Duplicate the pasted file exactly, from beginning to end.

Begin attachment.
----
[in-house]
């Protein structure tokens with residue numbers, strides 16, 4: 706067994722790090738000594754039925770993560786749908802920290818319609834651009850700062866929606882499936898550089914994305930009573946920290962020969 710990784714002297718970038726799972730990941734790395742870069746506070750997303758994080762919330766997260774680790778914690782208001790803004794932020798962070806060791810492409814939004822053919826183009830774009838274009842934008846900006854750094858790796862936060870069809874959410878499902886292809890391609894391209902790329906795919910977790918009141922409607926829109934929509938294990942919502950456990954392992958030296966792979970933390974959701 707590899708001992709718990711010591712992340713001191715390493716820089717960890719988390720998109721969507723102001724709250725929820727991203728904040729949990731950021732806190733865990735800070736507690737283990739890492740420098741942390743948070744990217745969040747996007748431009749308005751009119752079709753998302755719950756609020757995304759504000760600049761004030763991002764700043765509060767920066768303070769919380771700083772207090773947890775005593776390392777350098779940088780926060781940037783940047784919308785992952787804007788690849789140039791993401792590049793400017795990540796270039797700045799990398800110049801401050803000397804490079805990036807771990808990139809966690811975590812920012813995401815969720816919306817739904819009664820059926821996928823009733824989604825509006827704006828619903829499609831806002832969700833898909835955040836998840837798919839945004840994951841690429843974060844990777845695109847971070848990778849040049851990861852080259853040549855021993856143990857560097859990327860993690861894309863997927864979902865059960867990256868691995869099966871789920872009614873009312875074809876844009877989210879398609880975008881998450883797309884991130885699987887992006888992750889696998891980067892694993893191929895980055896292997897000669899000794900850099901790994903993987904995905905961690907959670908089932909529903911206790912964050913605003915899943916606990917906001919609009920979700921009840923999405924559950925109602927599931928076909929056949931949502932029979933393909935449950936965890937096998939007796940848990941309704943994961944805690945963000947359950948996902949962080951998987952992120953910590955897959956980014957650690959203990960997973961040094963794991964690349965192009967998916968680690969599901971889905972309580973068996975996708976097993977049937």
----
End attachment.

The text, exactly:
[in-house]
């Protein structure tokens with residue numbers, strides 16, 4: 706067994722790090738000594754039925770993560786749908802920290818319609834651009850700062866929606882499936898550089914994305930009573946920290962020969 710990784714002297718970038726799972730990941734790395742870069746506070750997303758994080762919330766997260774680790778914690782208001790803004794932020798962070806060791810492409814939004822053919826183009830774009838274009842934008846900006854750094858790796862936060870069809874959410878499902886292809890391609894391209902790329906795919910977790918009141922409607926829109934929509938294990942919502950456990954392992958030296966792979970933390974959701 707590899708001992709718990711010591712992340713001191715390493716820089717960890719988390720998109721969507723102001724709250725929820727991203728904040729949990731950021732806190733865990735800070736507690737283990739890492740420098741942390743948070744990217745969040747996007748431009749308005751009119752079709753998302755719950756609020757995304759504000760600049761004030763991002764700043765509060767920066768303070769919380771700083772207090773947890775005593776390392777350098779940088780926060781940037783940047784919308785992952787804007788690849789140039791993401792590049793400017795990540796270039797700045799990398800110049801401050803000397804490079805990036807771990808990139809966690811975590812920012813995401815969720816919306817739904819009664820059926821996928823009733824989604825509006827704006828619903829499609831806002832969700833898909835955040836998840837798919839945004840994951841690429843974060844990777845695109847971070848990778849040049851990861852080259853040549855021993856143990857560097859990327860993690861894309863997927864979902865059960867990256868691995869099966871789920872009614873009312875074809876844009877989210879398609880975008881998450883797309884991130885699987887992006888992750889696998891980067892694993893191929895980055896292997897000669899000794900850099901790994903993987904995905905961690907959670908089932909529903911206790912964050913605003915899943916606990917906001919609009920979700921009840923999405924559950925109602927599931928076909929056949931949502932029979933393909935449950936965890937096998939007796940848990941309704943994961944805690945963000947359950948996902949962080951998987952992120953910590955897959956980014957650690959203990960997973961040094963794991964690349965192009967998916968680690969599901971889905972309580973068996975996708976097993977049937």